and governance reports from their independent governance committees or trustee boards. Many will also offer a telephone helpline service and larger employers may get on-site faceto-face support. Most, if not all the above, should be free to use. It’s well worth asking the question about what is available. Will some schemes enable employers to make a single jump to the 2019 rates and how would this affect employers’ transition to the new rates? Some employers will choose to contribute at the 2019 rate as early as 2018. Providers are not geared to help – other than to receive higher than expected contributions. If you are looking to take this step, you should be speaking to an employee-benefits consultant or experienced independent finance advisor: there are costmitigators such as a salary sacrifice that can ease the shock of a jump from 2% to 8% of relevant earnings. How can different schemes help employers optimise their pension schemes to minimise opt-out rates?
How important is it for employers to continue to review and seek advice on the pension provisions they have in place? It will become increasingly important. There is a rule of thumb that when a pension pot is worth as much as a member’s car, it becomes important. And if it is important to a member, a workplace pension will be important to an employer. If the employer has been seen to have shown due diligence in the selection and governance of its pension then it will receive a positive return on investment. If an employer can’t show it has paid attention to pensions then the workplace pension can become a risk. In America, employers are regularly subject to class-action lawsuits from employees angry that they have not carried out their duty of care with regards to the workplace retirement plan. We have not yet seen this in the UK but with over one million employers due to have staged auto enrolment by the end of this year, it is very likely that we will see litigation on this side of the pond. Pension PlayPen helps employers to choose a good workplace pension and in the future it will help employers ensure their pension remains relevant, providing the right technology at the right price. To find out more about Pension PlayPen, click here.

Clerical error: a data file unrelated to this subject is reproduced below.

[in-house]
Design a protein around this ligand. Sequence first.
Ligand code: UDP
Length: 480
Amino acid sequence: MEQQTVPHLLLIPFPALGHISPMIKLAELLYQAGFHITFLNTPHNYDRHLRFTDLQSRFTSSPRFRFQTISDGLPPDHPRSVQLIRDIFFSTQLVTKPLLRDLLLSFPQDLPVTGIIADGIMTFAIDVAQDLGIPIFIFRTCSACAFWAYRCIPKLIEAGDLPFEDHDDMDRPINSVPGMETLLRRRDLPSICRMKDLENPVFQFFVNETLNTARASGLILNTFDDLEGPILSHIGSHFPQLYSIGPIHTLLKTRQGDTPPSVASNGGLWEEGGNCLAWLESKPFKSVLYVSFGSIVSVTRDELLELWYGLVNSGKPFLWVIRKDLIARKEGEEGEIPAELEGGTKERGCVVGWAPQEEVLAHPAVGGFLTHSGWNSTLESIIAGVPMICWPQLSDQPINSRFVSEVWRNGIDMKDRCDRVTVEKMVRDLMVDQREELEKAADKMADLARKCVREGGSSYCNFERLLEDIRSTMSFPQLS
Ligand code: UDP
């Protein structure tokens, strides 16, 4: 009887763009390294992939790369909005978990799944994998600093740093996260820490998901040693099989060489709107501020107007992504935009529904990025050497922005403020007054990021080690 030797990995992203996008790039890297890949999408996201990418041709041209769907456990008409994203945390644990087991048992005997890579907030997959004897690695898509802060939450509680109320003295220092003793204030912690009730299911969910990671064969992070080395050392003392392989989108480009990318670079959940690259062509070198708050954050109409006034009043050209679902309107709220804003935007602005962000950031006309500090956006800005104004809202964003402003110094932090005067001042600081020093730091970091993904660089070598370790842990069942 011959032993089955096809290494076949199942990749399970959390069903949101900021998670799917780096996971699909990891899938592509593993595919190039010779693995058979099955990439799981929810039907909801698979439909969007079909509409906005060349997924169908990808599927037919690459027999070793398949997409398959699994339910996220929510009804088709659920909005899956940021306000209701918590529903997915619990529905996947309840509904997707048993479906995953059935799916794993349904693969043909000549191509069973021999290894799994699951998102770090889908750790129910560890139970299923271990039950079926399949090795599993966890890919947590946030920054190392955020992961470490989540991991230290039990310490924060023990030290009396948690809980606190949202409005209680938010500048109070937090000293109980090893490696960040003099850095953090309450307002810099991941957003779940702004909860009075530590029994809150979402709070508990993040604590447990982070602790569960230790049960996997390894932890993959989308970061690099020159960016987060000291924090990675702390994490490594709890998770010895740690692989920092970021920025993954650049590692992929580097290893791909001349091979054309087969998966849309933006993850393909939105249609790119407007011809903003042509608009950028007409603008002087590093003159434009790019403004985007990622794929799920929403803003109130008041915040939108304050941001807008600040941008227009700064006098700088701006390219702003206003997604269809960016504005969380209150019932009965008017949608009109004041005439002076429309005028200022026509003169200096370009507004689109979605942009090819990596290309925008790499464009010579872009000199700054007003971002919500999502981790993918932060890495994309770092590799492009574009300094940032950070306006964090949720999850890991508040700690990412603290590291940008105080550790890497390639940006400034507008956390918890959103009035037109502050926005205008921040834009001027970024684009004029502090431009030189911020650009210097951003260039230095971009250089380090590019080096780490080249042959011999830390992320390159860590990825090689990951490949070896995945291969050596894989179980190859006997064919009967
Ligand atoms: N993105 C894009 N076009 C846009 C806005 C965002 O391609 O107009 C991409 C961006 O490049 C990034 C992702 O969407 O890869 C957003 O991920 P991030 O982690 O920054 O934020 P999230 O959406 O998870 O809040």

There are two reasons employees will opt-out: either they can’t afford the contributions or they see better value in not paying them. Properly advertising your scheme using the services provided by your adviser or provider can help employees stick with their plan. However, the best help is the endorsement of auto enrolment by the employer themselves. Employers who have confidence in their workplace pension provider are more likely to promote their scheme and consequently have lower opt-out rates. Genuinely good providers will help employers to have this confidence.